Share Your Passwords

Pam Hagedorn with her First Citizen certificate, 2008

Pam Hagedorn with her First Citizen certificate, 2008

In this crazy time of electronic computer hacking, it’s exceedingly unusual to be told to share your computer passwords, but that’s what I’m encouraging you to do — for a very good reason.

One year ago, Pam Hagedorn, one of the most treasured members of the Grays Harbor Genealogical Society (GHGS), passed away suddenly. She had been the society’s long-time Treasurer (and WSGS Outstanding Volunteer in 2005), managing their monies and membership with the utmost organization and efficiency. After the initial shock of her passing, members knew they needed to update financial accounts so the society’s bills could be paid, dues and donations collected and other financial activities conducted. They soon realized that Pam was the only keeper of all the financial and business records, including passwords to online banking, PayPal and other financial institutions. It was difficult to approach Pam’s grieving husband for access to the records and passwords, but he knew Pam kept meticulous records that the society needed. After some initial confusion, including not realizing all that Pam “just handled,” the society’s financial course got back on track.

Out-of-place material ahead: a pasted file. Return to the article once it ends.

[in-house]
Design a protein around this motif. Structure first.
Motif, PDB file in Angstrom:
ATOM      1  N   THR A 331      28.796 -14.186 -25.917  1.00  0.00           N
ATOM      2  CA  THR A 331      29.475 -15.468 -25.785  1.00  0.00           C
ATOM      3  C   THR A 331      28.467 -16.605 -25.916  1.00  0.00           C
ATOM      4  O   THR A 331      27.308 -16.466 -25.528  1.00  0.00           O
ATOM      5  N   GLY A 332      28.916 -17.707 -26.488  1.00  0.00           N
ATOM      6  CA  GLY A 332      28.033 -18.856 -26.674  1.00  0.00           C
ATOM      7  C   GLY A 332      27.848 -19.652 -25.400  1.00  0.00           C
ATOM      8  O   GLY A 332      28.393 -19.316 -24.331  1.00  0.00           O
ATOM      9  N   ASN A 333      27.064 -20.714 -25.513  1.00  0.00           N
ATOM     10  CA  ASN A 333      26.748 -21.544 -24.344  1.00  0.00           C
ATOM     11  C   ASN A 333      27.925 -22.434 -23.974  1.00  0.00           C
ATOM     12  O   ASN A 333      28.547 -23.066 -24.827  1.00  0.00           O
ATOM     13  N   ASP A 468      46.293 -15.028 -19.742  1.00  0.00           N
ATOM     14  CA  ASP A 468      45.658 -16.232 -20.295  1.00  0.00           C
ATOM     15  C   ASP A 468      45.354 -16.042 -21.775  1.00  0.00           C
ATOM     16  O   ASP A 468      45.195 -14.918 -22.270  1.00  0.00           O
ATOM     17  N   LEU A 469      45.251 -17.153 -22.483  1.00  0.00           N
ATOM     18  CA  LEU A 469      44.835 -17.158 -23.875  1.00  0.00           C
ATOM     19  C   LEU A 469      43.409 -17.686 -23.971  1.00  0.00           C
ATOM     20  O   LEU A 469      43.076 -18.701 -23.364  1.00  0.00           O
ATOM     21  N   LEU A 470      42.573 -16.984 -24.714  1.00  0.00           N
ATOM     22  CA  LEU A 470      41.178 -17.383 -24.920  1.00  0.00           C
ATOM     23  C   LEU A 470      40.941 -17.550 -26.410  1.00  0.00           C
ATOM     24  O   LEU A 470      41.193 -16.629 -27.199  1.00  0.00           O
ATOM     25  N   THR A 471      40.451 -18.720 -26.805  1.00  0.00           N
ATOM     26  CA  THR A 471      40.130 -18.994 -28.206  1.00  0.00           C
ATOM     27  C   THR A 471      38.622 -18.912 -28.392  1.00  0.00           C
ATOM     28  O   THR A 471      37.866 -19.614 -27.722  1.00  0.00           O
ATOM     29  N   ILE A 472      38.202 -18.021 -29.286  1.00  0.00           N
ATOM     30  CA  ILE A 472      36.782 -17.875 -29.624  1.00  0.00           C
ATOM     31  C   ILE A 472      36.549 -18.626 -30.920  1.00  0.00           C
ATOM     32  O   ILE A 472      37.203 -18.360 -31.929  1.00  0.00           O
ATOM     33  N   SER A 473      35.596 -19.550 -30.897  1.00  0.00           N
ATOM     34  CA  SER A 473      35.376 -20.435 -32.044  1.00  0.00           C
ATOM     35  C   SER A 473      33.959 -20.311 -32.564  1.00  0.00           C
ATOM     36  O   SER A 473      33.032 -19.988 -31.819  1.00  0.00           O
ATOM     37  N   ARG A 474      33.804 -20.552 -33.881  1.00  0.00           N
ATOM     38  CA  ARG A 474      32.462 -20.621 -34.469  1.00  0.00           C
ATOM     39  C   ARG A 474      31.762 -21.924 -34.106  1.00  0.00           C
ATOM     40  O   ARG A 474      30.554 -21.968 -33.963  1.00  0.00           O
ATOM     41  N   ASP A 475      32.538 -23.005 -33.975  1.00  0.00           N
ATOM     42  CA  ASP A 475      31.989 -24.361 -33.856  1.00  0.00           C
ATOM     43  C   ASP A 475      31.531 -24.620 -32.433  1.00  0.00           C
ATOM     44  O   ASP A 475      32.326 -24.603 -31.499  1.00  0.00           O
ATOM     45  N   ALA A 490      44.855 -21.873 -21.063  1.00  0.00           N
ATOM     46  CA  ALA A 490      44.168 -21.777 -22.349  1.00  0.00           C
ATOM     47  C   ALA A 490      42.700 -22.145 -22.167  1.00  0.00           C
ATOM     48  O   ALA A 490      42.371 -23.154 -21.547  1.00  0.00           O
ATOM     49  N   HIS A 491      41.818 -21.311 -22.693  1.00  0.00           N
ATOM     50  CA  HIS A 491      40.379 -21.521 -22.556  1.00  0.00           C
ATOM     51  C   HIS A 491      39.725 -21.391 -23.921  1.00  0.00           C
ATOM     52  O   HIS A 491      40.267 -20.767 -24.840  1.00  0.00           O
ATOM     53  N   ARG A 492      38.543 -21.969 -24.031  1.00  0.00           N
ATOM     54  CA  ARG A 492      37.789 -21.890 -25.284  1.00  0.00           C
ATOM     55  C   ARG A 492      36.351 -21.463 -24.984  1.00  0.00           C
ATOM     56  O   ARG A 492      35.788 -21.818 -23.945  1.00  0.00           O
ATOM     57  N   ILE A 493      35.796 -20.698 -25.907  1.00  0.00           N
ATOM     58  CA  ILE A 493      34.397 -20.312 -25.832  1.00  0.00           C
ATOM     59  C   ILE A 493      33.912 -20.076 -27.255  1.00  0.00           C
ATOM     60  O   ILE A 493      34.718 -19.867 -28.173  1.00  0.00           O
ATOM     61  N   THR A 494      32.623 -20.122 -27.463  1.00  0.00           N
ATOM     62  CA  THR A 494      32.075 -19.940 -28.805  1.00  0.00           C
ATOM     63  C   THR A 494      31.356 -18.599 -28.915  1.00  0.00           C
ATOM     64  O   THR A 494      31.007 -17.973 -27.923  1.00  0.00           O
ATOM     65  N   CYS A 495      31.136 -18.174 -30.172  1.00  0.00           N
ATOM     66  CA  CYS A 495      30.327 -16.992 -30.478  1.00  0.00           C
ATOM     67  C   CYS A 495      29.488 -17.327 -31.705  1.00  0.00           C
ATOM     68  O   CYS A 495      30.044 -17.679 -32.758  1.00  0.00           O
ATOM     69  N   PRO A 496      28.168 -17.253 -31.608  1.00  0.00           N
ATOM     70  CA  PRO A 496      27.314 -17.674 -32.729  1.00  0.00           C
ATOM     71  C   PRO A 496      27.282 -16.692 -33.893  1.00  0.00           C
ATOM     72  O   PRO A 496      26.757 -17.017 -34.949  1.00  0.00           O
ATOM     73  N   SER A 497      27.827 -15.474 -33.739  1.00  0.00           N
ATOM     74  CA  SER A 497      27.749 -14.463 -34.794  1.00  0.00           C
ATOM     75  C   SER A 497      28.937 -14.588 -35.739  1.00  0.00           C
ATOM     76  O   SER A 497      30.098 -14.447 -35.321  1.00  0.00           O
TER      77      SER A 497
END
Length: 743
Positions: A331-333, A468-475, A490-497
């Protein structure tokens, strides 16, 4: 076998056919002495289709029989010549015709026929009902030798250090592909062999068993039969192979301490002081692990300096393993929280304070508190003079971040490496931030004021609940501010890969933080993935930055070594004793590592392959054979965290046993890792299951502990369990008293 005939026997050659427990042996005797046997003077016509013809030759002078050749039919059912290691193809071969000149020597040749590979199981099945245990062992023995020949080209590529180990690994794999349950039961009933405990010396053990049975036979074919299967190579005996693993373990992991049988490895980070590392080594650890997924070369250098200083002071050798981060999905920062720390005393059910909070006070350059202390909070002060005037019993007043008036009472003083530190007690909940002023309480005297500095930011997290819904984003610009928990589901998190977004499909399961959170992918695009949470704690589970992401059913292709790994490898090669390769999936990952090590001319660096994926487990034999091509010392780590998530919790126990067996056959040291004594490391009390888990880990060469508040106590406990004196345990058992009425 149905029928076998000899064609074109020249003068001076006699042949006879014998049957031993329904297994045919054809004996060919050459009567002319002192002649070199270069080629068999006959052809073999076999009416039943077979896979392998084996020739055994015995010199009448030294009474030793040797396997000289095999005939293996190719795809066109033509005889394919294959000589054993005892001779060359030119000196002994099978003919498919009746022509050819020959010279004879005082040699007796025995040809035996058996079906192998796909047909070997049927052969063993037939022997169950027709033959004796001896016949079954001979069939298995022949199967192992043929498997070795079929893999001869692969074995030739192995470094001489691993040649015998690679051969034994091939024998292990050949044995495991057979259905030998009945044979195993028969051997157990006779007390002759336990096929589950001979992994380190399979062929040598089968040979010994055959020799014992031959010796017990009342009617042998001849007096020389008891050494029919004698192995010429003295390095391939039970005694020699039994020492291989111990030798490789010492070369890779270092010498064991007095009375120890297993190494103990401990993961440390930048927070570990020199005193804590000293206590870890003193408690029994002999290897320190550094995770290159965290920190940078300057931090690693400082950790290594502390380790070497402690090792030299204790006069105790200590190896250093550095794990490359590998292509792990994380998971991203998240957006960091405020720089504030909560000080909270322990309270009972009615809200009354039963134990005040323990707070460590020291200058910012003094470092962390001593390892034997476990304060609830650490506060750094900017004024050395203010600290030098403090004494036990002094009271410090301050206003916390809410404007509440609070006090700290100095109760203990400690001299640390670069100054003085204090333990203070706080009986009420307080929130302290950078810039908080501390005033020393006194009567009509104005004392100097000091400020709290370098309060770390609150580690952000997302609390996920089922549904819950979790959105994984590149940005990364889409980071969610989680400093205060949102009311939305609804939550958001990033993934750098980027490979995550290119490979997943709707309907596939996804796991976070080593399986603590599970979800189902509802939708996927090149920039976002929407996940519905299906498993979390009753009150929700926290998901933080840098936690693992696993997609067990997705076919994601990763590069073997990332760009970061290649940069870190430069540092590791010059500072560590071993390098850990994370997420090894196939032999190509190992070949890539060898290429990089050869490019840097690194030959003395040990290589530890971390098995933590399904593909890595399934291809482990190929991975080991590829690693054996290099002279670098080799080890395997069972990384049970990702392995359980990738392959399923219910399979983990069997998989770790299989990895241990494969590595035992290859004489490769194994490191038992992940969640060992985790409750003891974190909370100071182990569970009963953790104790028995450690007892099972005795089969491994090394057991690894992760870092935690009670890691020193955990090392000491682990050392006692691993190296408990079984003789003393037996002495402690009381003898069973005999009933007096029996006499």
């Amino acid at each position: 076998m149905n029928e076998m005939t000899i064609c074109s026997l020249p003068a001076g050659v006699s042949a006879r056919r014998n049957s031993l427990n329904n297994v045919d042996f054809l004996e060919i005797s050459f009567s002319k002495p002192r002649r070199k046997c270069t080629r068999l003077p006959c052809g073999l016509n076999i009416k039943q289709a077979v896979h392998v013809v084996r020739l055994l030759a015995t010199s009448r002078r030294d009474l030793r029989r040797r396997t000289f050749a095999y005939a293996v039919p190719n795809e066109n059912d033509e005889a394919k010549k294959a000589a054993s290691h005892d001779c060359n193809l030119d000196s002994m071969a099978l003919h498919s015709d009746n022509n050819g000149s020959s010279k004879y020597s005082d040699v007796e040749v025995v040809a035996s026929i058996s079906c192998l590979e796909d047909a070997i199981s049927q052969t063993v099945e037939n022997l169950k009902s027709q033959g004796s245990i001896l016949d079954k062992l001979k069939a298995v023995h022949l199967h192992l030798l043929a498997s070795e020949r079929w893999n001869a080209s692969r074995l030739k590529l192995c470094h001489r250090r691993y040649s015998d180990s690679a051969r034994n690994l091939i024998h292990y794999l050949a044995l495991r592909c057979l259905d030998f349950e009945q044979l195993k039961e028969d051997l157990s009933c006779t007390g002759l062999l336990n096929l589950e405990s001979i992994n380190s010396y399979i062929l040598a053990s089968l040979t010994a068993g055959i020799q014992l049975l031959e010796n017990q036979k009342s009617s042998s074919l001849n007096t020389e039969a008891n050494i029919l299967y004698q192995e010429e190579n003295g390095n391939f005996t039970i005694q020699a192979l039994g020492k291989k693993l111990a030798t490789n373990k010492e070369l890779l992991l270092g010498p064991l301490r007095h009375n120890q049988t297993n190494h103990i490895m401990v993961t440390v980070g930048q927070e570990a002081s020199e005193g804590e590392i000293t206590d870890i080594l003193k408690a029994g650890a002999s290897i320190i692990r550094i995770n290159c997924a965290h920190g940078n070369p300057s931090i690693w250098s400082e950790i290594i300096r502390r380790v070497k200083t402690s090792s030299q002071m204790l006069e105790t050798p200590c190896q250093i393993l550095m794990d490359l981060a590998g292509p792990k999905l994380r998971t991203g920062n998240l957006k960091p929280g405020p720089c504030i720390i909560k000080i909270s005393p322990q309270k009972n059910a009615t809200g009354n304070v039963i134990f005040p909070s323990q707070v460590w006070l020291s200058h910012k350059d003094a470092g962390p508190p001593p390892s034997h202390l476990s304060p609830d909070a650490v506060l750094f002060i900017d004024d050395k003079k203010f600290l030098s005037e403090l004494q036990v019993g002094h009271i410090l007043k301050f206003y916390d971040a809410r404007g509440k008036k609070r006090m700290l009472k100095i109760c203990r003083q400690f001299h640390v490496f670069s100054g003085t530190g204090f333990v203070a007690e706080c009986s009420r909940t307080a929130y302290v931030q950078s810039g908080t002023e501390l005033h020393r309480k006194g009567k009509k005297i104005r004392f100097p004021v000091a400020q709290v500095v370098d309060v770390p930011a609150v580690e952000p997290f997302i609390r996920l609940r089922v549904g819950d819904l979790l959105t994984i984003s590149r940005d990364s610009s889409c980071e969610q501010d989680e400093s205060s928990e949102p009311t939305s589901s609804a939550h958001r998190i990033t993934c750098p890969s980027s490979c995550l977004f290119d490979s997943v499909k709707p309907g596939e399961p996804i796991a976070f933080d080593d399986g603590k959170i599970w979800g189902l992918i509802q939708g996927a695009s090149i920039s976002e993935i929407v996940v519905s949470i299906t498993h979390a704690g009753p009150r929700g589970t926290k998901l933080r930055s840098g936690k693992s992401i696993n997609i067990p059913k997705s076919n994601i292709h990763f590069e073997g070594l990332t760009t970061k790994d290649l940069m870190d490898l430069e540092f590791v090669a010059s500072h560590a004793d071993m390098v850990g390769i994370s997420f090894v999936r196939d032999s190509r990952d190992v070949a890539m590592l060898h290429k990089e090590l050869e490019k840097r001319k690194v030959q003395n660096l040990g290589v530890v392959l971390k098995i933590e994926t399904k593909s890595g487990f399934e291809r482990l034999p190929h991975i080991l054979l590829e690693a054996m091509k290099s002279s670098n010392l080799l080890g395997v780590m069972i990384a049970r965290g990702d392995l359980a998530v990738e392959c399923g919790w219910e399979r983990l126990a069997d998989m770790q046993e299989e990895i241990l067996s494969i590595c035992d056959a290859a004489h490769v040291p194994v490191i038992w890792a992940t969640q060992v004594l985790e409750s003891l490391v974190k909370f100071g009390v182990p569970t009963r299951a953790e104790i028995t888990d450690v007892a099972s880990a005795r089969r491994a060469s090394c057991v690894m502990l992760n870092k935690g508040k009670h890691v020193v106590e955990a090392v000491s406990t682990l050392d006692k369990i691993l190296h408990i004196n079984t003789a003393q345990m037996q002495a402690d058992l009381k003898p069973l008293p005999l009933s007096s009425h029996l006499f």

The lesson GHGS learned was that no single member of a society (or any organization) should be the sole keeper of passwords, URLs, account numbers, etc. Please share that information with another member or two of your society or purchase password management software. One more suggestion is to have each of your society officers write a step-by-step procedural guide — a lesson for a future “Society Support” blog post.

One comment on “Share Your Passwords

  1. Sonji says:

    Good suggestion. I keep a current list of all financial and membership passwords & info with my estate file, updated three or four times a year.

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